Dilma Rousseff is sworn in on Saturday as Brazil's next president, she will take the reins of an emerging giant with a booming economy, vast new oil reserves and growing international diplomatic clout.
But for Brazil to remain one of the world's hot spots, the former Marxist guerrilla must trim a costly state budget, cut red tape and contain a currency rally that is harming industry.
As a trained economist and efficient manager, the first woman to become Brazil's president has more theoretical than practical know-how. Her biggest challenge will be to sell unpopular measures, such as spending cuts and wage caps, to voters whose lives have improved considerably in the last decade.
More than 20 million people emerged from poverty thanks to economic growth and innovative social welfare policies under President Luiz Inacio Lula da Silva. Salaries are up, unemployment is at a record low, and a growing middle class is buying cars and TVs at a break-neck pace.
Major tax overhaul
Rousseff, who appointed an experienced and respected economic team, will maintain the mostly market-friendly policies that put Brazil on investor radar screens.
Rousseff owes her October election victory to the backing of her mentor, Lula, who leaves office with a sky-high approval rating of nearly 90 percent.
Lula's charisma and popularity were fundamental for the former union leader to master volatile support in Congress and weather a series of corruption scandals, one of which brought him to the brink of impeachment proceedings in 2005.
Rousseff, a wonkish technocrat whose speeches often become bogged down in numbers, will require much skill and backing to deal with often unruly political allies.
One of the first tests of her 10-party coalition will be a major tax overhaul she plans to send to Congress early on.
Rousseff will also have to rein in inflationary public spending and cut taxes that are the highest of any major emerging market and are choking business.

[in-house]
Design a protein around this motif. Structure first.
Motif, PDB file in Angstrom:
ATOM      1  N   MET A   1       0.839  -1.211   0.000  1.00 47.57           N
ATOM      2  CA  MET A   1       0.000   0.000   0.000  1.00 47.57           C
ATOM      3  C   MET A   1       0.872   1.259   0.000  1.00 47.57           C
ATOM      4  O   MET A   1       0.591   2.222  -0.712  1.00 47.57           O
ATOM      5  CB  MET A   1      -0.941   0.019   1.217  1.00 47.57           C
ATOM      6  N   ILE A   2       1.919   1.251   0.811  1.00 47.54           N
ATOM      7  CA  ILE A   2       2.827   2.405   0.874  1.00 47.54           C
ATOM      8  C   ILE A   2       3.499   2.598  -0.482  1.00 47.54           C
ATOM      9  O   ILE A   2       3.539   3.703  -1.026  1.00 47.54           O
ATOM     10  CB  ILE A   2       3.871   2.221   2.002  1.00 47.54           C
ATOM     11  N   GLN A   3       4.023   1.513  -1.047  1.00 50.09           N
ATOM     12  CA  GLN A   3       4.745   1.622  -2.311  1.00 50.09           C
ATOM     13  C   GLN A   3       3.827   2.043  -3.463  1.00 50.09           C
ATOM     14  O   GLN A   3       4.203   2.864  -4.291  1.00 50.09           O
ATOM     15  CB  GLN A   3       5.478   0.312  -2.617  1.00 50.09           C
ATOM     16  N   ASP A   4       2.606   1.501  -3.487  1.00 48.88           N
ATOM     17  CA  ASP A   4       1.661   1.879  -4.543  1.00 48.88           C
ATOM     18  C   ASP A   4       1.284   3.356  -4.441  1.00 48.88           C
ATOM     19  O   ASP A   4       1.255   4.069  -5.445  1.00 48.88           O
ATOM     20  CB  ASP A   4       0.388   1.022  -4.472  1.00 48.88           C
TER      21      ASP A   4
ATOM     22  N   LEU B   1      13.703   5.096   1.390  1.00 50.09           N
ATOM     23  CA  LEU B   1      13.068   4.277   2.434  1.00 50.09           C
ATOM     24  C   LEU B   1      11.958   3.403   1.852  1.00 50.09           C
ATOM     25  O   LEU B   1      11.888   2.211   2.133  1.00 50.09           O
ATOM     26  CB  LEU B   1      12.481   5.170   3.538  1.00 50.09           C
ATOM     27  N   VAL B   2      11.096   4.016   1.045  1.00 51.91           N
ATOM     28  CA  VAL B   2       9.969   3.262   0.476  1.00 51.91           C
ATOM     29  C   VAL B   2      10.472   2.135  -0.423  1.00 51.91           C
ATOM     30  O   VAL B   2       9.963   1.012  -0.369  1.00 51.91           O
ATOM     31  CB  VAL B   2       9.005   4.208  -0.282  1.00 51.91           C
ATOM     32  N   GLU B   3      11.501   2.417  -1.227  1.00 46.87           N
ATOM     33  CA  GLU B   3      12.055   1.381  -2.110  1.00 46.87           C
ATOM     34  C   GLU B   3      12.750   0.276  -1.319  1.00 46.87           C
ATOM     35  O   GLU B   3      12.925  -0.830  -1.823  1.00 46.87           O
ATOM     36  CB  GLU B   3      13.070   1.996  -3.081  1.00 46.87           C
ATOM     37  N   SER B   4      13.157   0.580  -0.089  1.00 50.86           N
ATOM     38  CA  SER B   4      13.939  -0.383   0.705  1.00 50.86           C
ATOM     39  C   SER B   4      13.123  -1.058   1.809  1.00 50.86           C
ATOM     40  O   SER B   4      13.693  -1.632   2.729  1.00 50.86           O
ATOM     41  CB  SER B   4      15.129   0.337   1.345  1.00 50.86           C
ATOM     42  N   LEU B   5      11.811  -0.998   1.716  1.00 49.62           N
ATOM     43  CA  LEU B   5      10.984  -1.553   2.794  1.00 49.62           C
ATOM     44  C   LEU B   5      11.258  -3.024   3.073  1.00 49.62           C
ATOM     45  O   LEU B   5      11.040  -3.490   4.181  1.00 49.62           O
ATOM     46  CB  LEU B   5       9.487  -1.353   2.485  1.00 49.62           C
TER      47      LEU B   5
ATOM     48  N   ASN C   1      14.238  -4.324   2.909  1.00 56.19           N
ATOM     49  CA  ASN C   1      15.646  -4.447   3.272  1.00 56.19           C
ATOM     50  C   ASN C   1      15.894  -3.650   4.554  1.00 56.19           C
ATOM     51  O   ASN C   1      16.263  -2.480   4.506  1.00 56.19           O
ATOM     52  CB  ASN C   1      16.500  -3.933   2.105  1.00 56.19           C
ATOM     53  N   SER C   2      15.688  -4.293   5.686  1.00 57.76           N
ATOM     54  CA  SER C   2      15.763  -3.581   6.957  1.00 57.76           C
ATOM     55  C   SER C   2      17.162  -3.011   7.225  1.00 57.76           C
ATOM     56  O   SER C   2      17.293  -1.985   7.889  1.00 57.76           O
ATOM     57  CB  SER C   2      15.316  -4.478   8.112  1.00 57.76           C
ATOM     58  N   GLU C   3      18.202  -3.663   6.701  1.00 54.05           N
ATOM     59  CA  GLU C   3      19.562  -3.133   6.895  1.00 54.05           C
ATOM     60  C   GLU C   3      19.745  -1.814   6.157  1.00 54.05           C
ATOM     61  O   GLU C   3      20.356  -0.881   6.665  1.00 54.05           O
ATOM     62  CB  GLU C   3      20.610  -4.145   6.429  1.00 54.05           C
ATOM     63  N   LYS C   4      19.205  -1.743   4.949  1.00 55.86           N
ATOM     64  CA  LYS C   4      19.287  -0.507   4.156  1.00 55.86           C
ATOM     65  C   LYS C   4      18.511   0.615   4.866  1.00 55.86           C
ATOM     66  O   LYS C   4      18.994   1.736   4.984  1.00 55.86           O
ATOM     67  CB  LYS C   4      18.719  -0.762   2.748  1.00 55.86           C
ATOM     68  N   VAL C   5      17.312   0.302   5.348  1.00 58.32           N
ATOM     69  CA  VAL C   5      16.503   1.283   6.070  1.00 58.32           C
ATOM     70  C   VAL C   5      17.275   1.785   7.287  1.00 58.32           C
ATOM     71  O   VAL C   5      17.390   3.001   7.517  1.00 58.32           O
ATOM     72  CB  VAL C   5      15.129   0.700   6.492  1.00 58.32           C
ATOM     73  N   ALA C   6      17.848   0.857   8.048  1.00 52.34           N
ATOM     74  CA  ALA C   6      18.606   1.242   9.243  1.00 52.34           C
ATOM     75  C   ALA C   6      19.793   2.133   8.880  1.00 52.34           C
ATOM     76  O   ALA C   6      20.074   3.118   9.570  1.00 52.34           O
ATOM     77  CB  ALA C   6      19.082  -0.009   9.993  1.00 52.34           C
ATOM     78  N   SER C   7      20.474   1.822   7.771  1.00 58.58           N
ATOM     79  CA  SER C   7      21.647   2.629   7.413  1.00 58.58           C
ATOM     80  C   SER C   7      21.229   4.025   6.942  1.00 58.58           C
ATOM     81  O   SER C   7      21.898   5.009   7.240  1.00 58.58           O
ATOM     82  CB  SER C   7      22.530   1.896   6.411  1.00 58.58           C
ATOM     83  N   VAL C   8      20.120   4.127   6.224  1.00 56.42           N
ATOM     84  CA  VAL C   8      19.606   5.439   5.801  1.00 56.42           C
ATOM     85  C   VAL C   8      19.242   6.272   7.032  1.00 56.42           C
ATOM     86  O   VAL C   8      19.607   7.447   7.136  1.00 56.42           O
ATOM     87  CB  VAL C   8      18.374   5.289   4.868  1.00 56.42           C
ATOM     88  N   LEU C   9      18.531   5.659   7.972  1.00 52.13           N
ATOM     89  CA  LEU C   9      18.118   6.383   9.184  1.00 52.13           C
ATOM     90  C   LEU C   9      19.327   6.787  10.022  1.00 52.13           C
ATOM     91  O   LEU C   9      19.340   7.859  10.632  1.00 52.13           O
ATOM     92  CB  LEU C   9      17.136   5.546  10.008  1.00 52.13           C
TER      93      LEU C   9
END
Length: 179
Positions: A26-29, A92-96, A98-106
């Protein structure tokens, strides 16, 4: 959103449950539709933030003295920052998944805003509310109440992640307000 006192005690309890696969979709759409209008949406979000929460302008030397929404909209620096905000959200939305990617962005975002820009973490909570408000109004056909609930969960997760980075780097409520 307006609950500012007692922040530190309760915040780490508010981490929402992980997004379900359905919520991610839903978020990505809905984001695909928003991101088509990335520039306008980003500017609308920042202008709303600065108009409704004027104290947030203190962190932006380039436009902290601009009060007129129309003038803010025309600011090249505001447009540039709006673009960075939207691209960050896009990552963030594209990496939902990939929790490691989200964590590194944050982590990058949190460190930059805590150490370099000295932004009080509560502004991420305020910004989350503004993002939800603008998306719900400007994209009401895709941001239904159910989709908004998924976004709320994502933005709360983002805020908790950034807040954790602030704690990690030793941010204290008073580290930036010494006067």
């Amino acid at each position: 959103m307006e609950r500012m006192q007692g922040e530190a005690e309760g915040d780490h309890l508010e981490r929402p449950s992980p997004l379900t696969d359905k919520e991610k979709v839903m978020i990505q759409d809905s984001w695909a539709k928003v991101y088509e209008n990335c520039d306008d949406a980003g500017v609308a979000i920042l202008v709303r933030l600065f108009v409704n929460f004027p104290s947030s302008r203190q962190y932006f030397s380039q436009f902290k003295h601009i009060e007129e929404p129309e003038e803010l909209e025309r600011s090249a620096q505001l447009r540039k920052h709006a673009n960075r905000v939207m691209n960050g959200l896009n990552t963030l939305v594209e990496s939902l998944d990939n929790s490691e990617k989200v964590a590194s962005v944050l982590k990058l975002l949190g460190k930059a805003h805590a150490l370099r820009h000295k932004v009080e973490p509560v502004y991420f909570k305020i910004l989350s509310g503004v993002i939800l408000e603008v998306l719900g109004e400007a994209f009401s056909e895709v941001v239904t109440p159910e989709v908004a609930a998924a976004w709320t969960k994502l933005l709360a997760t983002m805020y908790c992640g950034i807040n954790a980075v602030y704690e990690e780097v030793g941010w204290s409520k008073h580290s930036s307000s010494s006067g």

The global currency war, which is undermining domestic industries with cheap Chinese imports, will test the closer ties Lula has forged with Beijing and other BRIC countries.
Beyond short-term solutions to the currency issue, such as capital restrictions and tariff barriers, Rousseff faces a long list of challenges. Chief among them: Upgrading decrepit roads and ports, and slashing Brazil's notorious bureaucracy and double-digit interest rates.
Lula's former chief of staff and energy minister will wield a heavy government hand in several sectors of the economy, particularly the oil industry. Developing vast, new offshore oil reserves spells huge opportunities for more wealth and jobs but risks sidelining private capital and technology.
So far, Rousseff has shown little interest in cutting costly pension benefits, relaxing rigid labor laws or reducing the size of the state -- all seen as key if Brazil is to keep growing at a rapid pace.
Given the many demands at home, she is likely to take a lower international profile and avoid tackling political hot potatoes like Lula did when he angered Washington with mediation efforts over Iran's nuclear program.
Washington will be one of her first foreign destinations, a a close aide said this week, and U.S. Secretary of State Hillary Clinton is among the 31 foreign dignitaries attending the inauguration ceremony.
"With Rousseff, foreign policy will be less ideological, more pragmatic," said Alcides Costa Vaz, professor of international relations at the University of Brasilia.
"Brazil will continue to strive for a bigger role on the world stage but will be more aware of its limitations."